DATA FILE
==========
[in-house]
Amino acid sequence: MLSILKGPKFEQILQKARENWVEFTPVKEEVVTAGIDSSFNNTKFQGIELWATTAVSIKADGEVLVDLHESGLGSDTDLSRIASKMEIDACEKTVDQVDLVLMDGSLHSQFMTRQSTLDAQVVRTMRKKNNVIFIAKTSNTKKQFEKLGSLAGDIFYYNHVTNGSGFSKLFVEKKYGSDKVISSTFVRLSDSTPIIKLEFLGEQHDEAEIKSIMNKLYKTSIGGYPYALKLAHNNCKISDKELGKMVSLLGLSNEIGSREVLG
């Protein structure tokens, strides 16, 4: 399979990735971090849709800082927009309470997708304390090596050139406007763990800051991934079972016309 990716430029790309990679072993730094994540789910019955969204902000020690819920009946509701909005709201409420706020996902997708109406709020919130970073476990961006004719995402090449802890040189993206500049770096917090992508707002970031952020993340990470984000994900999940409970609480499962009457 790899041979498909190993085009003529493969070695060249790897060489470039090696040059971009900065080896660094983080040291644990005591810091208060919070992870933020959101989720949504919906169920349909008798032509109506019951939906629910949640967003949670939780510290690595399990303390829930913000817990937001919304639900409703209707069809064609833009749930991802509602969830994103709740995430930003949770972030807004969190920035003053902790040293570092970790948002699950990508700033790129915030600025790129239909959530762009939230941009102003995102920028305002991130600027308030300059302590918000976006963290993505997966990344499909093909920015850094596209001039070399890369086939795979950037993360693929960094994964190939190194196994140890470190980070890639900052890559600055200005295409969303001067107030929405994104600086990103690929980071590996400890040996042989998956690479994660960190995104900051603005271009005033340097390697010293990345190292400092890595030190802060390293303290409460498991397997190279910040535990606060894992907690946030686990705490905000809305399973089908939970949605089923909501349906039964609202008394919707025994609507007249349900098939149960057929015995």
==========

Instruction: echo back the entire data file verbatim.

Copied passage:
[in-house]
Amino acid sequence: MLSILKGPKFEQILQKARENWVEFTPVKEEVVTAGIDSSFNNTKFQGIELWATTAVSIKADGEVLVDLHESGLGSDTDLSRIASKMEIDACEKTVDQVDLVLMDGSLHSQFMTRQSTLDAQVVRTMRKKNNVIFIAKTSNTKKQFEKLGSLAGDIFYYNHVTNGSGFSKLFVEKKYGSDKVISSTFVRLSDSTPIIKLEFLGEQHDEAEIKSIMNKLYKTSIGGYPYALKLAHNNCKISDKELGKMVSLLGLSNEIGSREVLG
């Protein structure tokens, strides 16, 4: 399979990735971090849709800082927009309470997708304390090596050139406007763990800051991934079972016309 990716430029790309990679072993730094994540789910019955969204902000020690819920009946509701909005709201409420706020996902997708109406709020919130970073476990961006004719995402090449802890040189993206500049770096917090992508707002970031952020993340990470984000994900999940409970609480499962009457 790899041979498909190993085009003529493969070695060249790897060489470039090696040059971009900065080896660094983080040291644990005591810091208060919070992870933020959101989720949504919906169920349909008798032509109506019951939906629910949640967003949670939780510290690595399990303390829930913000817990937001919304639900409703209707069809064609833009749930991802509602969830994103709740995430930003949770972030807004969190920035003053902790040293570092970790948002699950990508700033790129915030600025790129239909959530762009939230941009102003995102920028305002991130600027308030300059302590918000976006963290993505997966990344499909093909920015850094596209001039070399890369086939795979950037993360693929960094994964190939190194196994140890470190980070890639900052890559600055200005295409969303001067107030929405994104600086990103690929980071590996400890040996042989998956690479994660960190995104900051603005271009005033340097390697010293990345190292400092890595030190802060390293303290409460498991397997190279910040535990606060894992907690946030686990705490905000809305399973089908939970949605089923909501349906039964609202008394919707025994609507007249349900098939149960057929015995």